Don’t add features, solve problems

If you have not watched Rich Hickey’s talk on Hammock Driven Development you should do so now. I’ll wait right here whilst you do. Great talk wasn’t it?

Although delivered ten years ago, many of the problems Rich describes I still encounter today so in this post I will discuss the key points from the talk and how they can help you deliver the changes that your users actually need.

Analysis and Design

Conduct proper Analysis and Design. Rich mentions that this might feel so 90’s but as he points out, this isn’t just a process to be followed and there is no need to become a UML astronaut. Instead he distills Analysis and Design down to two things. Identify the problem we are trying to solve and assessing our proposed solution to whether or not it solves that problem.

A brilliant synopsis.

Many of the projects I have been part of could have been saved a lot of heartache if better Analysis and Design had been undertaken. Everyone on the team should have a clear understanding of the problem and why it needs to be solved. Equally the team should have confidence in the solution being implemented. The solution was not the first idea that popped into someones head but had been carefully selected, compared against others, trades offs made and it had been subjected to a rigorous peer review.

Solve problems

We should be solving problems. We should not be building features. Features specified by users are really not good ideas. You need to dig into what problem they have and find what is the best solution to it. Then you can reconcile your solution with what they have asked for.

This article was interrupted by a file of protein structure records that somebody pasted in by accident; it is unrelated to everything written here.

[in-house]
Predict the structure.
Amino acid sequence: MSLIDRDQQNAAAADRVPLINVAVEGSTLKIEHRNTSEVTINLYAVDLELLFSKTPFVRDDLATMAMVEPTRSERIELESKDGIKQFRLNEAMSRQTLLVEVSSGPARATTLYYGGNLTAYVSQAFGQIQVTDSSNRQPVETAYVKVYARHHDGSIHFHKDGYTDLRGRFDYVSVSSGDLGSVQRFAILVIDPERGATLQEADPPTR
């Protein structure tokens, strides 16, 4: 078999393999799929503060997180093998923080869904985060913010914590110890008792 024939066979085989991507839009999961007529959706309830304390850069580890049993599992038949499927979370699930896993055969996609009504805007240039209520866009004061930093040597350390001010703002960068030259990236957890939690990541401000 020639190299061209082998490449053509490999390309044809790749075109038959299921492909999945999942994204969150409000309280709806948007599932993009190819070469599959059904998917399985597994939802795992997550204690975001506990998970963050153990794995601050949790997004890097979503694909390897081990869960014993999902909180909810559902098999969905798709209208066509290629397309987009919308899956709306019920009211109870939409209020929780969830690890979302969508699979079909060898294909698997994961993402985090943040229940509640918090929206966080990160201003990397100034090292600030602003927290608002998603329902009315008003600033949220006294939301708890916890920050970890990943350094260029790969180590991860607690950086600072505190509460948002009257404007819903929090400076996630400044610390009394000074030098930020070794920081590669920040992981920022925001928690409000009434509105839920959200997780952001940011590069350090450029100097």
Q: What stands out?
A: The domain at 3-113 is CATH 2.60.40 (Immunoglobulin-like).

I have concatenated several of Rich’s quotes here. The message is clear. Don’t start building features that have been specified by users. You will waste time solving the wrong problem(s)

Practice Problem solving

If you are going to be spending the majority of your day solving problems it is a worthwhile investment to get better at it. Aside from recommending the book How to Solve it by George Polya. Rich also discusses the useful process of writing it down in a format such as:

I am solving this problem, this is the problem.

Rich describes a situation where poor problem solving has been applied. “We have this problem, I think we need a NoSQL Database.” There is a chasm between the problem and the solution so when you hear something similar it should start to ring alarm bells.

He also mentions that it is a good idea to seek out related problems and see how they were solved. What worked and probably more importantly what didn’t. Finding a related problem is going to save you time compared to starting from scratch.

Rich’s final tip is again to write your understanding of the problem down. In doing so I have noticed whenever I write a solution to a problem down gaps in my understanding magically appear.

Be discerning

Not everything is awesome.

This is a step that applies to every stage of software development and yet is so often overlooked.

Find problems in your solutions. What trade offs are implicitly or explicitly being made by the choices you make?

Start small, start now

There are no silver bullets in software development but I believe applying these principles will improve you and your teams ability to deliver solutions that solve your users problems.

It’s a fact that you will need support from Management before implementing these principles. It may help to start by solving problems using some of the methods discussed in Rich’s talk and in this post. When improvements are seen or even better measured it will become an easier sell on implementing bigger changes such as how Analysis and Design is undertaken.

Let me know how you get on.

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